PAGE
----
Child exploitation is the use of a child by a person for one's own advantage to gain benefits at the expense of the child. Examples of child exploitation include using children as sex workers, forcing children to work on the streets, using children as domestic servants.
The constitution of the Republic of Uganda 1995 states that children must be protected from social and economic exploitation. It also forbids the employment of children and forcing children to perform work that is likely to be dangerous or interfere with the children’s education or that is harmful to their health or physical, mental, spiritual, moral or social development.
The children's’ act also says that no child shall be employed or engaged in any activity that is harmful to his education mental, physical or moral development.
The Employment Act 2006
- Prohibits the employment of children below 12 years in any business, undertaking or workplace.
- A child under the age of 14 years can only be employed in any business, undertaking or workplace to perform light work carried out under the supervision of an adult aged over 18 years and the work should not affect the child’s education.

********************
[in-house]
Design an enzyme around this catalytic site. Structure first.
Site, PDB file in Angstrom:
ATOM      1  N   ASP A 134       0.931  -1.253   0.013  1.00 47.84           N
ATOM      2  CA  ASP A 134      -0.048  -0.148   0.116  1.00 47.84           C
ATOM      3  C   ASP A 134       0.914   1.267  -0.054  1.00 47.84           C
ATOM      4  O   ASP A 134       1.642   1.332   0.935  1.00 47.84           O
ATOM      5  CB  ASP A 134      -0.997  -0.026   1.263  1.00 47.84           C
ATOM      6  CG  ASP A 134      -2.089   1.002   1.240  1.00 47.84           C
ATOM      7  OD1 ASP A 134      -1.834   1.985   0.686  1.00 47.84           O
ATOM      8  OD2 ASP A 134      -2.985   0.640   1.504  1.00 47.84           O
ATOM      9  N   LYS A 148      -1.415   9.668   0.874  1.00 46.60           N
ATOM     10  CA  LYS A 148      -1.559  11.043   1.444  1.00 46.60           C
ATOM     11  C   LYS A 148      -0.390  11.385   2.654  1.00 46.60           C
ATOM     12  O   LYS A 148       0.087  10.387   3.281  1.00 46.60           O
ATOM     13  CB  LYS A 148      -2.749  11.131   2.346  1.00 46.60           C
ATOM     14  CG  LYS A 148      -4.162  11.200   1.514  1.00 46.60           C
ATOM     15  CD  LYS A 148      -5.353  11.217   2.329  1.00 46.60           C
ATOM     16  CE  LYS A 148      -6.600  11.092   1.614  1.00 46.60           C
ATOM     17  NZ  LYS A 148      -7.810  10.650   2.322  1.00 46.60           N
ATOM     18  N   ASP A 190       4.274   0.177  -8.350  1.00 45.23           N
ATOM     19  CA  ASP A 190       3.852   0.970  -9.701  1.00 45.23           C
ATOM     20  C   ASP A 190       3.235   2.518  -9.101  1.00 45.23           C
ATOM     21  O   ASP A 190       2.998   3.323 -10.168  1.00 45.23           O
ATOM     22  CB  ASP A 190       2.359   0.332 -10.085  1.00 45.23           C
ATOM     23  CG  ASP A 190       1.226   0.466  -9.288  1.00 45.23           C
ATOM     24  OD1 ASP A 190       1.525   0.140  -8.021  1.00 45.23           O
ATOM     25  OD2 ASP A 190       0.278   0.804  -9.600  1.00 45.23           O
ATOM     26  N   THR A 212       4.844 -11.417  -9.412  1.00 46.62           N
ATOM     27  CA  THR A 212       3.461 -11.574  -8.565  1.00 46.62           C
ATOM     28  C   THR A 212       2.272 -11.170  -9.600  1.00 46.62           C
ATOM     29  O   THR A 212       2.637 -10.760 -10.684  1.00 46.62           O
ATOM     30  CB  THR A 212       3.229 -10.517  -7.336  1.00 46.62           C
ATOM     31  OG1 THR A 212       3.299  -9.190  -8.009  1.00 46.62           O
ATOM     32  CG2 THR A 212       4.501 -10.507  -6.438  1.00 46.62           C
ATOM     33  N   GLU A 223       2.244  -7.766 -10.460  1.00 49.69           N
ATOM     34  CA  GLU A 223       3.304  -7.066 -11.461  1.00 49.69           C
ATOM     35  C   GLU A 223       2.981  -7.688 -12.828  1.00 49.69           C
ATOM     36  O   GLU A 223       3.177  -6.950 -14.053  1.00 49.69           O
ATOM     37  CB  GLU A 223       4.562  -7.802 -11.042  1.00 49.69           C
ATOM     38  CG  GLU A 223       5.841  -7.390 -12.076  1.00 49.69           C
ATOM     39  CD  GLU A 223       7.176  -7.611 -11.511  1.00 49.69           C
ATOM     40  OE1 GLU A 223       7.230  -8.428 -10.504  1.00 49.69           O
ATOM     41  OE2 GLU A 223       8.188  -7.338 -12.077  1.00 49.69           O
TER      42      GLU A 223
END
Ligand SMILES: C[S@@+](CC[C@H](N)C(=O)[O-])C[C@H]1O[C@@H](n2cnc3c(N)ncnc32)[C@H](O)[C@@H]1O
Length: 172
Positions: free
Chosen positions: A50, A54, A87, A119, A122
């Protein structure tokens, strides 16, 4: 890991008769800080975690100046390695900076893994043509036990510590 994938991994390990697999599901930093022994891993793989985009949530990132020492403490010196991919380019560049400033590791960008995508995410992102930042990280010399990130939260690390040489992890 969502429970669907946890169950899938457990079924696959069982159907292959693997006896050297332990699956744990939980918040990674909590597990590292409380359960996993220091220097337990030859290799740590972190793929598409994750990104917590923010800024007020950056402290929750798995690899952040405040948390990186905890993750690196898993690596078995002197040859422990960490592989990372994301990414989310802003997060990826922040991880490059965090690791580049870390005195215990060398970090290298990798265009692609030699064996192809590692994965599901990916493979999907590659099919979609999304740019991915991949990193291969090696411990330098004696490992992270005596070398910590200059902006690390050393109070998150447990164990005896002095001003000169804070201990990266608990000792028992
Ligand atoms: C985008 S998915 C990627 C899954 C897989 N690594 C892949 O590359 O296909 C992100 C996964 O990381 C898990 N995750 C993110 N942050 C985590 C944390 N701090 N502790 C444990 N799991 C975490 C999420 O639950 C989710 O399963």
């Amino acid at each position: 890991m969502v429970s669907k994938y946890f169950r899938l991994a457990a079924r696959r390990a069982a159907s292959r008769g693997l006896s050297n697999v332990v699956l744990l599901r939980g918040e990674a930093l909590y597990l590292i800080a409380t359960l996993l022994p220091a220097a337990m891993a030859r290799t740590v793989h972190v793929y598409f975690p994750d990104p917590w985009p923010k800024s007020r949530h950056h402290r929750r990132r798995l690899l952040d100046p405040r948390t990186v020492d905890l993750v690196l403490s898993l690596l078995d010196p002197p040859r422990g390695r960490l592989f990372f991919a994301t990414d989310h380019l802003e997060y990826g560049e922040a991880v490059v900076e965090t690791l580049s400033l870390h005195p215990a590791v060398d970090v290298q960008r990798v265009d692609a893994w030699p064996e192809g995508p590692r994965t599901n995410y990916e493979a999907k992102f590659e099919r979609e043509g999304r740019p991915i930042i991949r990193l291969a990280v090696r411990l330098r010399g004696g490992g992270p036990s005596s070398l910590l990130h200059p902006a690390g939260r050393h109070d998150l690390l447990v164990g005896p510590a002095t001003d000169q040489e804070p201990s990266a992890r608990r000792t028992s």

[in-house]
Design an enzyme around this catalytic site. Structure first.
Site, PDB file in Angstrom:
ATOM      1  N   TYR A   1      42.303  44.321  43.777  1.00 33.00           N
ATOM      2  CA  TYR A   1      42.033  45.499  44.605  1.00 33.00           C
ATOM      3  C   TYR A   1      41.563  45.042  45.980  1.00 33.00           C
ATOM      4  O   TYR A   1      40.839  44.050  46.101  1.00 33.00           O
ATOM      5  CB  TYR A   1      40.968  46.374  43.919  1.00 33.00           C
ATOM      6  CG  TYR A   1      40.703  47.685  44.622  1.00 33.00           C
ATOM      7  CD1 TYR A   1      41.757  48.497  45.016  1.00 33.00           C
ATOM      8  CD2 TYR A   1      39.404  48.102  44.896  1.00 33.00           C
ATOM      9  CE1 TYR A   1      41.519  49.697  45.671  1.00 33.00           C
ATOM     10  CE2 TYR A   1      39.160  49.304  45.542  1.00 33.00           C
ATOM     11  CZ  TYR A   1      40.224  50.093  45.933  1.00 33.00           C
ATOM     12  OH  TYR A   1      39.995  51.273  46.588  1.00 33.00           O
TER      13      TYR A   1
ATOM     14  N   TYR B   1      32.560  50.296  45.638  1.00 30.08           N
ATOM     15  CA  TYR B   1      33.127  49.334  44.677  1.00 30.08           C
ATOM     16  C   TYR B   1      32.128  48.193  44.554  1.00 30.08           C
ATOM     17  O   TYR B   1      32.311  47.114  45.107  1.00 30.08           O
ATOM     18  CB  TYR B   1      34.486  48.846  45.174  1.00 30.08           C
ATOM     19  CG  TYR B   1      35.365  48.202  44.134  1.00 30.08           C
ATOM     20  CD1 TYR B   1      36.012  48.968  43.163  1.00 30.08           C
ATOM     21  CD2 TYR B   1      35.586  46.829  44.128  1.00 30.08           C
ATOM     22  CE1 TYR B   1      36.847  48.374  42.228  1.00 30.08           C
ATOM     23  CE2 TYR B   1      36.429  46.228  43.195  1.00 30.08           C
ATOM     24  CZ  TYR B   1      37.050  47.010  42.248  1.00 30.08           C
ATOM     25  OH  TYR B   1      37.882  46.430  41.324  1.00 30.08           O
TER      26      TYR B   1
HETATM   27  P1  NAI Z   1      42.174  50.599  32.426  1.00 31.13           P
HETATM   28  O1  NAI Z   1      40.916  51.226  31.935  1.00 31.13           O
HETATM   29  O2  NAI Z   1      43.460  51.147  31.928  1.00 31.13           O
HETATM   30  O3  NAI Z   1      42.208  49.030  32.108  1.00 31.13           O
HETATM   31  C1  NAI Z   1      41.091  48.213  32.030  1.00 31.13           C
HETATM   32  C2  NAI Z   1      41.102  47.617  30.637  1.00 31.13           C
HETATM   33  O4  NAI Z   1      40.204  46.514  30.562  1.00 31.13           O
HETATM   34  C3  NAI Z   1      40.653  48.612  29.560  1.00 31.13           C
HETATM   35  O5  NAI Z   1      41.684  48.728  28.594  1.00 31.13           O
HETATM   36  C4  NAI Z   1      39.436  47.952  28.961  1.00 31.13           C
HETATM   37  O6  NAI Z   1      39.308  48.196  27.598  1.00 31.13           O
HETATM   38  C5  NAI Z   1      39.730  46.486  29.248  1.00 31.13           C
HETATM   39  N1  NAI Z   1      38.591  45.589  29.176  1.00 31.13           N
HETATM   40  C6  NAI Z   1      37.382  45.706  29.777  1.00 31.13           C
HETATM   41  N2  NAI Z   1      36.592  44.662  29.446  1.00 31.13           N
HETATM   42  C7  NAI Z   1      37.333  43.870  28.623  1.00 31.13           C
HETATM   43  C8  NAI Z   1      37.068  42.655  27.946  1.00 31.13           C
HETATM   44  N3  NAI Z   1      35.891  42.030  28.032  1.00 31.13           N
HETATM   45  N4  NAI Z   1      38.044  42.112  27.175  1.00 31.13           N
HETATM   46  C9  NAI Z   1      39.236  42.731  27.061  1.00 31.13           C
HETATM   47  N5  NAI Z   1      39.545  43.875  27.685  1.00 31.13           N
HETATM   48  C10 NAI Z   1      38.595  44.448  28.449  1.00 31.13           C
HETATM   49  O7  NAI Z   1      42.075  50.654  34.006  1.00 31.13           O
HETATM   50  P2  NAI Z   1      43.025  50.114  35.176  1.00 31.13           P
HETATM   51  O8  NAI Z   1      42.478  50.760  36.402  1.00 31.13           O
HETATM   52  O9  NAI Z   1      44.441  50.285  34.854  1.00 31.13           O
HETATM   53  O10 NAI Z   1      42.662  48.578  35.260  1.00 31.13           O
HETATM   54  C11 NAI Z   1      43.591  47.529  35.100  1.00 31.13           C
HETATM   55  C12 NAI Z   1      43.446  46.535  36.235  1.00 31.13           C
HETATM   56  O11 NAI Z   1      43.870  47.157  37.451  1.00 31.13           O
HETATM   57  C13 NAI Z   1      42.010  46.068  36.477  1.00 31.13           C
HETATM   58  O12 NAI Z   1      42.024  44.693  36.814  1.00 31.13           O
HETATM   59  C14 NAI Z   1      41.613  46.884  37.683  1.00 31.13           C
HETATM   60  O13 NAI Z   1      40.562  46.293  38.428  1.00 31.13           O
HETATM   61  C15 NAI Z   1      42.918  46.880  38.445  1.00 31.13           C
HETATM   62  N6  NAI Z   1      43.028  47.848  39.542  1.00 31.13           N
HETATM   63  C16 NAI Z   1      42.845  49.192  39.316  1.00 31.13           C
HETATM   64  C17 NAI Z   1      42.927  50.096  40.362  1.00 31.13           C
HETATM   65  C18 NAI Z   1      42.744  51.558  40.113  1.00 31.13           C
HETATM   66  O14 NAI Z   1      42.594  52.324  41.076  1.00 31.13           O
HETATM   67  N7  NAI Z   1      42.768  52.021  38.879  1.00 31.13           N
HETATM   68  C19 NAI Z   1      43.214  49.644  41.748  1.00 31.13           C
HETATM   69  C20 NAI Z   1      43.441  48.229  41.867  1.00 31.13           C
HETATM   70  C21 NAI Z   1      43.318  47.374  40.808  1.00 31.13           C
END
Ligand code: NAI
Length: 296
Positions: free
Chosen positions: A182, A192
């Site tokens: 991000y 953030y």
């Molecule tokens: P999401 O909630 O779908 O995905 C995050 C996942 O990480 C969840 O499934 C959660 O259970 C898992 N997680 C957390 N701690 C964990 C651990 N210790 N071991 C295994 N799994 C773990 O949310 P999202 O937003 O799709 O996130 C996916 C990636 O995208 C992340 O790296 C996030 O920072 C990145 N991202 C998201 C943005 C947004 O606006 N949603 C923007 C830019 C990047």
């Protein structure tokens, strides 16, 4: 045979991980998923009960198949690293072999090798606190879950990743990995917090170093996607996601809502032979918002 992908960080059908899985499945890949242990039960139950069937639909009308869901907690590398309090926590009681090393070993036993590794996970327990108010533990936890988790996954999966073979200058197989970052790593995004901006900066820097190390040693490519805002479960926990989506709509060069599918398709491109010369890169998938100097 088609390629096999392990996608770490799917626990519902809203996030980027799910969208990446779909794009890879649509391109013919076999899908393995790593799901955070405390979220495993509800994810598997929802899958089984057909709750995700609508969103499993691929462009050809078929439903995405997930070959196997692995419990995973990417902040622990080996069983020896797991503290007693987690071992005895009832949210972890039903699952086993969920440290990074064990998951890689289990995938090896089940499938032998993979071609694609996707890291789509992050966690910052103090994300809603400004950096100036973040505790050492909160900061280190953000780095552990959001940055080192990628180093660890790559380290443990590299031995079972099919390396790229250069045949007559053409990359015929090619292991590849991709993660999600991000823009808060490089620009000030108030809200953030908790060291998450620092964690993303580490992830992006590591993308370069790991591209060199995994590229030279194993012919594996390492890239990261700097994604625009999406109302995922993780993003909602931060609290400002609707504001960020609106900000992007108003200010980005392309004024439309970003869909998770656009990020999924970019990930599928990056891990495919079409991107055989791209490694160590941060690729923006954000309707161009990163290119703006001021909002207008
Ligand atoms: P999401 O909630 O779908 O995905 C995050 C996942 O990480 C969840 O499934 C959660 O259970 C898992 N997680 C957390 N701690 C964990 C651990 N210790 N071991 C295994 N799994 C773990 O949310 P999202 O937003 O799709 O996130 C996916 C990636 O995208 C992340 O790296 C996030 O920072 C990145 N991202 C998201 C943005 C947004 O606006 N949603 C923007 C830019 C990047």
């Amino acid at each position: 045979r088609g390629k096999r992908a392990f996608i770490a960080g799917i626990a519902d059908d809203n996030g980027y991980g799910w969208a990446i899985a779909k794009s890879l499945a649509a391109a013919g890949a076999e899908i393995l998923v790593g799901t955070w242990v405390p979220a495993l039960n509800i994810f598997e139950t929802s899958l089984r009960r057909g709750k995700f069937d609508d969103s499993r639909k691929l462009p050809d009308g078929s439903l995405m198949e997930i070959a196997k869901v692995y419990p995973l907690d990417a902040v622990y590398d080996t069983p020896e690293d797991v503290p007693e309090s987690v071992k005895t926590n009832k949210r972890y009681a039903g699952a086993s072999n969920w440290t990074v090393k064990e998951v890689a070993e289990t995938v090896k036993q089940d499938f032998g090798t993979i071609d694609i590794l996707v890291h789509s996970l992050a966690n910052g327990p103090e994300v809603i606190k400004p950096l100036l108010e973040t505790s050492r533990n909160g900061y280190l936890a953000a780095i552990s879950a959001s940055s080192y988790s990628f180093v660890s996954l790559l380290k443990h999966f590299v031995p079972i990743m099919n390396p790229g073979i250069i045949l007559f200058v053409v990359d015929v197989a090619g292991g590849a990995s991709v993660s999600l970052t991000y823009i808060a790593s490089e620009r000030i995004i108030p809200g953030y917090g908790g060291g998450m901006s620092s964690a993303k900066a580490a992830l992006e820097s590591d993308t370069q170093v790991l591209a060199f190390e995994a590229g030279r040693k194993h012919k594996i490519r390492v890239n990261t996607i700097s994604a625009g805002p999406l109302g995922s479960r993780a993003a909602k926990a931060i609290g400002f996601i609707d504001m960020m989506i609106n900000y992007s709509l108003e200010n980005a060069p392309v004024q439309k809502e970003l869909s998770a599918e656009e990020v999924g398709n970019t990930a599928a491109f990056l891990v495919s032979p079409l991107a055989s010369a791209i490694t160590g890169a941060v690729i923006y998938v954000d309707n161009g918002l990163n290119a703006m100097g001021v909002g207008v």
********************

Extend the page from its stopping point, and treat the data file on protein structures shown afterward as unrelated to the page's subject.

- A person must discontinue employing any child under 14 years after being informed in writing by a labour officer that the work is heavier than light work as required by the employment act
- A child shall not be employed in any employment or work which is injurious to his/her health, dangerous or hazardous or otherwise unsuitable and an employer shall not continue employing the child after being informed in writing by a labour officer that the work is injurious to such a child’s health, dangerous or hazardous or otherwise unsuitable
- A child should not be employed between the hours of 7 p.m. and 7 a.m.
Any person may complain to a labour officer is he or she considers that a child is being employed against the provisions of the employment act.